and nothing is guaranteed. They are different things. We have heard some


terrible stories about people on zero hours contracts. He was --


there was someone in a sports distribution centre saying that kids


were going home alone because parents were being randomly told to


work extra hours. The kids could not call them because they are not


allowed mobile phones in the buildings. You have to think, that


kind of thing, actually we do need to have measures to stop that


happening. Also flesh on the bones about how they will do it. It is a


good idea. How you will do it and make sure it does not cost jobs or


money is another thing. That is something we will not see in this


campaign. We still have six weeks to go. Let's go on to the European


Union being beastly to this country. A front page of the observer says,


the EU threatens Theresa May on trade talks and citizen rights. It


is very combo to the language. Be you has basically said to Theresa


May -- the EU has basically said to Theresa May these are the


parameters. We have established these parameters. We will need to


have some agreement on EU citizens. We will need to have agreements on


Northern Ireland and the border and we will need agreements on the exit


bill. All that before we move on to what the future policies, the


trading relationships and everything else looks like. That is just a


statement of the parameters of the negotiations. It is extraordinary


this has been played as the EU trying to stitch up... It is the


obvious story to put on the front page for a Brexit election.


There is a lot of newspaper hyperbole going on. Then we are


going on to the Sunday Times. This wonderful expression about living in


another galaxy, according to Brussels. I am not sure who said


that. It is a bit disobliging. It is extraordinary that Theresa May is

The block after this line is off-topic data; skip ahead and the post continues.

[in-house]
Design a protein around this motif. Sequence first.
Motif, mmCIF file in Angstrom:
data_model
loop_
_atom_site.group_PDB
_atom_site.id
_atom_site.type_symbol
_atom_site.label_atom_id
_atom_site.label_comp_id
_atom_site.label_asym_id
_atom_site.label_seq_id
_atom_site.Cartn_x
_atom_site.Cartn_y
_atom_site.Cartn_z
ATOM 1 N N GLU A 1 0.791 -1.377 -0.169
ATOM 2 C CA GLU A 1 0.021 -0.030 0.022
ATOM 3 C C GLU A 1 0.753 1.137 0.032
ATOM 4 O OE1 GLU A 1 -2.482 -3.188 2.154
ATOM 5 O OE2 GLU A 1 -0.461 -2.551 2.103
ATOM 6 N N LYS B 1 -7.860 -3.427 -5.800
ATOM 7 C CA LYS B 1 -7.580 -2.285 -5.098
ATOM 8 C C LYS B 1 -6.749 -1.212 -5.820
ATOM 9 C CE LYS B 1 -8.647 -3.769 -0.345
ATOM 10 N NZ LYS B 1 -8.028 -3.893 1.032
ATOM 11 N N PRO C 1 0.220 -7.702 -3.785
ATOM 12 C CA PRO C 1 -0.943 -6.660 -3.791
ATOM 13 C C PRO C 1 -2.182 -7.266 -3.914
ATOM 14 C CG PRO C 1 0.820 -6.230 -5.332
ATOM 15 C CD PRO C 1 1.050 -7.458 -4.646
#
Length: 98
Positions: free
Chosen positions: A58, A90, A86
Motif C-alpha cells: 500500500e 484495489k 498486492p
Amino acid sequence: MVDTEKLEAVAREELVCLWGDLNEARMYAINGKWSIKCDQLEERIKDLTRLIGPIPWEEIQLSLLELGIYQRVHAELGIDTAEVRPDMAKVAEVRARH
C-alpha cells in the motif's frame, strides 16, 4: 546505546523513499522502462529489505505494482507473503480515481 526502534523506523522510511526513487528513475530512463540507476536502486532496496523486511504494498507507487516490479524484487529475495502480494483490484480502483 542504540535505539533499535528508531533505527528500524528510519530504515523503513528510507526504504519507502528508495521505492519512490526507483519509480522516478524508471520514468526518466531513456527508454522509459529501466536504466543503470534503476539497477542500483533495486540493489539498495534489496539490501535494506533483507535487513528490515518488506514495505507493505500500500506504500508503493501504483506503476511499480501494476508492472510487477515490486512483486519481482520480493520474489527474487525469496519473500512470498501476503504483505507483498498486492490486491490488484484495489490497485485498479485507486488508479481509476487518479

getting a reputation for being a good negotiator. The EU is saying


she sucks at it she is not able to comprehend basic terms that are


being offered to her. There is quite the disparity between her image and


the reality. In the real world, the Prime Minister will not be doing any


negotiating. It is up to people like David Davis and so one, and the


negotiators. It depends on what the outcome will be. It is a


negotiation. What the front pages are saying is the British government


has one position and the EU has another. That is the bottom line.


They will negotiate to try to find common ground. It does not bode


well. This fascinating dinner in the week where the Prime Minister had a


meeting. All these European leaders. They phoned up Angela Merkel and


said we have a different issue. We are in different galaxies. A few


hours later, she said, Brexit means Brexit. There is a fascinating story


to be told about that. I would love to read about that in the future.


Let's go onto another story. Rachel, I think it is your turn again.


Labour donor. This is in the Sunday Times. Labour donor to stand. I


think it is a threat to stand against him, isn't it? Someone


called Michael Foster. Michael Foster is a publicity guy. He has


very top shelf clients, including Chris Evans, I'd think. Top drawer,


I think you mean. He got suspended from the Labour Party because he


likened supporters of Jeremy Corbyn to Nazi storm troopers. Here's a big


founder of the Labour Party. He has given more than 400,000 to Labour


since 2010 according to the Sunday Times. He thinks that what they is


now, six weeks ahead of an election, is to change its leadership. The


fascinating thing is that is not backed up by the polling. Buried in


the story is a poll. Last week, the Sunday Times did a poll made it the


splash. This week's is buried in the story right away at the bottom. It


shows that Labour has closed the gap to 13 point is clearly a big gap but


it has been closed by ten points with the bat is amazing given that


Jeremy Corbyn and his team are up against his reputation and the vast


majority of the printed press. And yet he is catching up. Quite